Walter Goodman's "The Printseller"

printseller.jpg /

This weekend will mark the 170th anniversary of the birth of Walter Goodman to the portrait painter Julia Salaman Goodman and her husband, Louis Goodman. Walter Goodman grew up to be a fairly well-known painter, illustrator, and author in his time, but in recent years he has not been as well-known, partly because the present whereabouts of most of his works of art are unknown. Some flossy facts to get you acquainted with this talented British artist and his 1883 painting, "The Printseller"...

1. Goodman was reputedly the first English artist to receive a commission from a Chinese. In 1878, the Chinese minister to the Court of Berlin, Liu Hsi-Hung, commissioned Goodman to copy Giovanni Battista Salvi da Sassoferrato's "Madonna in Prayer," which was in the National Gallery.

2. "The Printseller" is a tromp l'oeil, or "trick the eye," painting of a printseller's window, so the objects appear to be three-dimensional. The printseller himself is included in image, along with books, coins, vases, a teacup, a necklace, statues, and photographs, six of which depict great Victorian painters.

3. Goodman was a fan of the theater, and had even staged a play with his siblings in 1859 that received glowing reviews. Many of Goodman's portraits are of Mary Anne Keeley, an English actress, whom Goodman highly admired and with whom he appeared in an 1884 production at the Prince of Wales theater. In 1895, Goodman published an appreciation of the whole theatrical Keeley family entitled The Keeleys on the Stage and at Home; it contained engravings of several of his portraits of Keeley.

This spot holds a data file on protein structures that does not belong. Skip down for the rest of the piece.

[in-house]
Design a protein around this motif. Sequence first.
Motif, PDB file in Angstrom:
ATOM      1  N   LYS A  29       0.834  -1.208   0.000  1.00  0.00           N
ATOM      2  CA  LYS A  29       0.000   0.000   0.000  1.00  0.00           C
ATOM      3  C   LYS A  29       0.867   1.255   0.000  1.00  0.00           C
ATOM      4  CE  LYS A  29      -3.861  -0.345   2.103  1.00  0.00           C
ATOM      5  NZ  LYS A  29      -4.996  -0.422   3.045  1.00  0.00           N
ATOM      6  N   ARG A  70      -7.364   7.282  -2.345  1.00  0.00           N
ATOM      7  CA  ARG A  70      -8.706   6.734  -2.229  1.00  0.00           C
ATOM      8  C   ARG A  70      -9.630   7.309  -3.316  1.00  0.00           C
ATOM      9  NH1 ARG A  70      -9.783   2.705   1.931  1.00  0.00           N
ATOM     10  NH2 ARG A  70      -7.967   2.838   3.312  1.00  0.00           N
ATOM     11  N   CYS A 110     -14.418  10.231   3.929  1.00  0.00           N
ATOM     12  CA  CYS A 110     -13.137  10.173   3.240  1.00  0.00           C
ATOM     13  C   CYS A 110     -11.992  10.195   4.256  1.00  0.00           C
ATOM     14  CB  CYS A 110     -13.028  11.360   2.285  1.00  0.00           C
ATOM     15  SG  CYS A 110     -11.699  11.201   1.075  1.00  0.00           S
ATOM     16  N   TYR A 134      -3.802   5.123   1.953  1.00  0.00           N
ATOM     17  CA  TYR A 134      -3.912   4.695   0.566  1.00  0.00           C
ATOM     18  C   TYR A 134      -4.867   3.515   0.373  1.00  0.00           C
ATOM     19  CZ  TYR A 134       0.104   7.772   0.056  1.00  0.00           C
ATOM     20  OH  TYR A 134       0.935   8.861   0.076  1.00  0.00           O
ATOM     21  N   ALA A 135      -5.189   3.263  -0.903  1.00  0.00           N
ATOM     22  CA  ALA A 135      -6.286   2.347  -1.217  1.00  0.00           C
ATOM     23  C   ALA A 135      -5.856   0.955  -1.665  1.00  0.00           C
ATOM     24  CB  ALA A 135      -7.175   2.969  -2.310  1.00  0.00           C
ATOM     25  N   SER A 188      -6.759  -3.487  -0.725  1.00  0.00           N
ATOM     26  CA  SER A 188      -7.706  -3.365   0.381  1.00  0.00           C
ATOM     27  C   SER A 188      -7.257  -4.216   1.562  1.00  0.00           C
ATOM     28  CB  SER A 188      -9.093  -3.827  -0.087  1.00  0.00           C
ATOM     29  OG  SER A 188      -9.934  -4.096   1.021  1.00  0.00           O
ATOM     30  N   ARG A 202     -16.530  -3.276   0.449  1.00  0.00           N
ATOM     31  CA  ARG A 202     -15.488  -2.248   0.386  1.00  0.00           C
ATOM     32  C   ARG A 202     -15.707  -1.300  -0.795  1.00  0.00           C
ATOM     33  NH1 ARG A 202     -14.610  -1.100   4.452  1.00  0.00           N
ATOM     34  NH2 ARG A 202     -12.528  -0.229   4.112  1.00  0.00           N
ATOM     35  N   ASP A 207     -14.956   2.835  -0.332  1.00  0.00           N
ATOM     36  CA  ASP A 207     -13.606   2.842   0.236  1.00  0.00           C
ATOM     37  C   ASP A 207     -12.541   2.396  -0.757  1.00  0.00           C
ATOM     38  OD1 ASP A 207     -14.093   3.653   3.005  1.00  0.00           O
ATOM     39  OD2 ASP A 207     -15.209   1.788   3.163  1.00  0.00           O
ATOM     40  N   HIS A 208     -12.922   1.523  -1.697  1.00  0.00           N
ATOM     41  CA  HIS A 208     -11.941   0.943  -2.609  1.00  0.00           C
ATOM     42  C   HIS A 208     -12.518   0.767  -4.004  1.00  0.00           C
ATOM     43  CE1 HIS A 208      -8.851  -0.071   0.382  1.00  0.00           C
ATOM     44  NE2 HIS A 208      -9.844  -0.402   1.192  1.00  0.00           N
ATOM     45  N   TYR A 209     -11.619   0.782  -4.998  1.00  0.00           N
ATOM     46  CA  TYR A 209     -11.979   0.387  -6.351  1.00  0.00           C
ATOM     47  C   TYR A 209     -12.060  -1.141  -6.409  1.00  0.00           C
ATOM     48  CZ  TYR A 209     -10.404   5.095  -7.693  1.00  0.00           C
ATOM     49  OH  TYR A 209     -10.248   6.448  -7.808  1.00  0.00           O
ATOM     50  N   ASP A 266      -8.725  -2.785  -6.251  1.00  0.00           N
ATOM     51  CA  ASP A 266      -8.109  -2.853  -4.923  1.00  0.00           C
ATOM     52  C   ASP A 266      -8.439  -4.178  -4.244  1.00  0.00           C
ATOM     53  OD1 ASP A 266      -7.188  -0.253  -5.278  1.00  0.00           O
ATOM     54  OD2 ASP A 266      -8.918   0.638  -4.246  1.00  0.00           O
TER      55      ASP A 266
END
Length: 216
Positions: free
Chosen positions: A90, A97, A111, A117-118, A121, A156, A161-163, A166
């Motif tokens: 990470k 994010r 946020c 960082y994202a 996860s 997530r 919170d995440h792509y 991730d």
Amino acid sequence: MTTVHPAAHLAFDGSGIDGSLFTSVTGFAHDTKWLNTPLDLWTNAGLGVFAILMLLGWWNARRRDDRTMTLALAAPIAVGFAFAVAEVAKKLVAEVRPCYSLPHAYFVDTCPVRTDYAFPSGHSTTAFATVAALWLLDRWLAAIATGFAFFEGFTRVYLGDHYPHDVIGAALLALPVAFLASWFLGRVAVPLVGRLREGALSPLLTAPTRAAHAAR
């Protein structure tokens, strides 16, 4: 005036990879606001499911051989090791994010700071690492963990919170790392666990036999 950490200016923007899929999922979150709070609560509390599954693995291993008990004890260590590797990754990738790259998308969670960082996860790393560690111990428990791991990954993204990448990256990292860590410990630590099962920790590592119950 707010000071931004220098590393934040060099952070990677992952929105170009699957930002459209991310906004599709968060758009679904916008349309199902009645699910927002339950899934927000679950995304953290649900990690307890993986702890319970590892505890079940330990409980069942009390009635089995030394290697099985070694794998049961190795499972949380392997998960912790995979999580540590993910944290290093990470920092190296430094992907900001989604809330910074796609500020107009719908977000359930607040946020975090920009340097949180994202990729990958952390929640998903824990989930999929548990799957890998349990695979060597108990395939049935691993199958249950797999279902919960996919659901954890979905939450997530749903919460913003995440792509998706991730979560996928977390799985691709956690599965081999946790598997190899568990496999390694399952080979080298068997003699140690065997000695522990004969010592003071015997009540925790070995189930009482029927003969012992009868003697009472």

4. With his wife, Clara Isabel, Goodman had five children: Walter Russell, Joaquin, Reginald, Julia, and Keeley. Presumably, Joaquin was named after Goodman's good friend and fellow artist, Joaquín Cuadras, Julia after Goodman's mother, Julia Salaman Goodman, and Keeley after the Keeley family.

5. Goodman contributed a weekly essay, "People I Have Painted," to Sala's Journal for several months in 1893. In each essay, Goodman described the often humorous circumstances surrounding a specific painting, including those of Napoleon III, Prince Leopold, His Excellency Kuo Sung Tao, Mary Anne Keeley, and Jack Sheppard.

6. The Jewish Chronicle commissioned Goodman to draw a study of his own mother, the portrait painter Julia Salaman Goodman, for her 90th birthday in 1902.

A larger, zoomable version of "The Printseller" is available here.

'Feel Art Again' appears every Tuesday and Thursday.